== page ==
Publication: Determinants of Trade Policy Responses to the 2008 Financial Crisis
The collapse in trade and contraction of output that occurred during 2008-09 was comparable to, and in many countries more severe than, the Great Depression of 1930, but did not give rise to the rampant protectionism that followed the Great Crash. Theory suggests several hypotheses for why it was not in the interest of many firms to lobby for protection, including much greater macroeconomic "policy space" today, the rise of intra-industry trade (specialization in specific varieties), and the fragmentation of production across global value chains ("vertical" specialization and the associated growth of trade in intermediates). Institutions may also have played a role in limiting the extent of protectionist responses. World Trade Organization disciplines raise the cost of using trade policies for member countries and have proved to be a stable foundation for the open multilateral trading system that has been built over the last fifty years. This paper empirically examines the power of these and other theories to explain the observed pattern of trade policy responses to the 2008 crisis, using trade and protection data for seven large emerging market countries that have a history of active use of trade policy. Vertical specialization (global fragmentation) is found to be the most powerful economic factor determining trade policy responses.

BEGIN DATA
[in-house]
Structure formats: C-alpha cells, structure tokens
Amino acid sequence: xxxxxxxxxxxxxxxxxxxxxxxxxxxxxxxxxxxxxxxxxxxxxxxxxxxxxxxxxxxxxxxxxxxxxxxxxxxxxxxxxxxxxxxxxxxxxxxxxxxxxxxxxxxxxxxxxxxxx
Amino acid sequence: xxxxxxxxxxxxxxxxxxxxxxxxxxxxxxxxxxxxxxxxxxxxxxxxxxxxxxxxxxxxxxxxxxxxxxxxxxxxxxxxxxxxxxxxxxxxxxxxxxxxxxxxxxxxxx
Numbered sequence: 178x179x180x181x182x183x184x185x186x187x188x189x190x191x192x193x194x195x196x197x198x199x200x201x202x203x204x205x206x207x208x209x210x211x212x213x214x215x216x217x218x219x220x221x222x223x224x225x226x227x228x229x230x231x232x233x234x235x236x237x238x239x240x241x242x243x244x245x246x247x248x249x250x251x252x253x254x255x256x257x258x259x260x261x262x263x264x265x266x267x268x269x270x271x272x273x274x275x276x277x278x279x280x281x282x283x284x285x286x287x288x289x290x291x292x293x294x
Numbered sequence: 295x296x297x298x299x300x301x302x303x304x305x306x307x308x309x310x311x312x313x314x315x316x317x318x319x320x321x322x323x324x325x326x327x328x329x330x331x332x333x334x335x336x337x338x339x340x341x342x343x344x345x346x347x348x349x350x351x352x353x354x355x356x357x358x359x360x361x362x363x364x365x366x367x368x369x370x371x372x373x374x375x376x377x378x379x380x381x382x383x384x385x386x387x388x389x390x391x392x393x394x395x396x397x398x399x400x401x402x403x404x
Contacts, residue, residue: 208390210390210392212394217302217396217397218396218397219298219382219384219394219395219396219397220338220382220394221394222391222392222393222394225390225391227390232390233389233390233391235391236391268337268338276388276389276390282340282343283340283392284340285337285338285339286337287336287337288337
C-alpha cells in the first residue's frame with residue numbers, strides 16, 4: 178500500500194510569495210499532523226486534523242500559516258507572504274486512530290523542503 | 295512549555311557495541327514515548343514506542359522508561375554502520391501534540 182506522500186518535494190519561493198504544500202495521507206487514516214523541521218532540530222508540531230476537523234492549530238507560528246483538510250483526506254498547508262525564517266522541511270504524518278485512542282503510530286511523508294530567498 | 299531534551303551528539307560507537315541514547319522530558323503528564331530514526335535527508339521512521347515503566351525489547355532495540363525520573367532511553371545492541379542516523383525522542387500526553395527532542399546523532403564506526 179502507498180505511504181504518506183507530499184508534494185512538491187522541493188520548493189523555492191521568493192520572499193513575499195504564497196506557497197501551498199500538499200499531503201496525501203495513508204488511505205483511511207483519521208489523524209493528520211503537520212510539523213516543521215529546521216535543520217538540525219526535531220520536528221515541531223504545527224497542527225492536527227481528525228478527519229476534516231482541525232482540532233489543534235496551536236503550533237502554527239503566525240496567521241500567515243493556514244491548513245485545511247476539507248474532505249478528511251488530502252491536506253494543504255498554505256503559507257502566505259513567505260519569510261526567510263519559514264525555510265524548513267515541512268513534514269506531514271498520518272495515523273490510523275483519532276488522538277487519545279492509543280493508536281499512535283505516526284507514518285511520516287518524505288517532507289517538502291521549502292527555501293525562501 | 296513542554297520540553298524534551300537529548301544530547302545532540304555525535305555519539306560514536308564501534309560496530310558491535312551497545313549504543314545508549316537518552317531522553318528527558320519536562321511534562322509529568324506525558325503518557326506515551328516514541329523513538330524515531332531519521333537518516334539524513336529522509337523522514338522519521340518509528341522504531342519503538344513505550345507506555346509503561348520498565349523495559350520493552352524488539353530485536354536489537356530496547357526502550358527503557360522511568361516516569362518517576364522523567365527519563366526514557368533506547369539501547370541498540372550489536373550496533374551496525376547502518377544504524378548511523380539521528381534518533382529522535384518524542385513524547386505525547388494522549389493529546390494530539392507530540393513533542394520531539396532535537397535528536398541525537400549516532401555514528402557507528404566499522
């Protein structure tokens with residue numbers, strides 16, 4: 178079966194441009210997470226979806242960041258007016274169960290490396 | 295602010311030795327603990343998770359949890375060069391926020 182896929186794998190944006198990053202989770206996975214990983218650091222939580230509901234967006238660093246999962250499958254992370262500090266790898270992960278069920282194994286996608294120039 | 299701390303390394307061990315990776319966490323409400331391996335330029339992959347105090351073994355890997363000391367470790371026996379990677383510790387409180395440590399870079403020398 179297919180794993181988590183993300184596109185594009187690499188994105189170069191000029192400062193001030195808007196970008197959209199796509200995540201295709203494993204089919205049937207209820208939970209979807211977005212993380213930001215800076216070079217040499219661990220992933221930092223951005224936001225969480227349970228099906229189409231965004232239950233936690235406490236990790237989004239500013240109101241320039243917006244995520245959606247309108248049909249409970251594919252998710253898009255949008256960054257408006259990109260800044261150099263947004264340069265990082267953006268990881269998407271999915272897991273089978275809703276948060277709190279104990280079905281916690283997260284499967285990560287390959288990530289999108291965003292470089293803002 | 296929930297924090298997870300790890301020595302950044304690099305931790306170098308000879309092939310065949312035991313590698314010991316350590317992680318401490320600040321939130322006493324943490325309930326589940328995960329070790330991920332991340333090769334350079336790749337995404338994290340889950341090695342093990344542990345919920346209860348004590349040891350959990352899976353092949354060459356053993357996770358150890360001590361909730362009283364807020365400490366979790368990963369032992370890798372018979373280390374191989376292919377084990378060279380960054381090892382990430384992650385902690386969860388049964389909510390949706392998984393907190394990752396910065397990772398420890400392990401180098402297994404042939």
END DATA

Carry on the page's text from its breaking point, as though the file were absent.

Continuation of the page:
“Gawande, Kishore; Hoekman, Bernard; Cui, Yue. 2011. Determinants of Trade Policy Responses to the 2008 Financial Crisis. Policy Research working paper ; no. WPS 5862. © http://hdl.handle.net/10986/3628 License: CC BY 3.0 IGO.”
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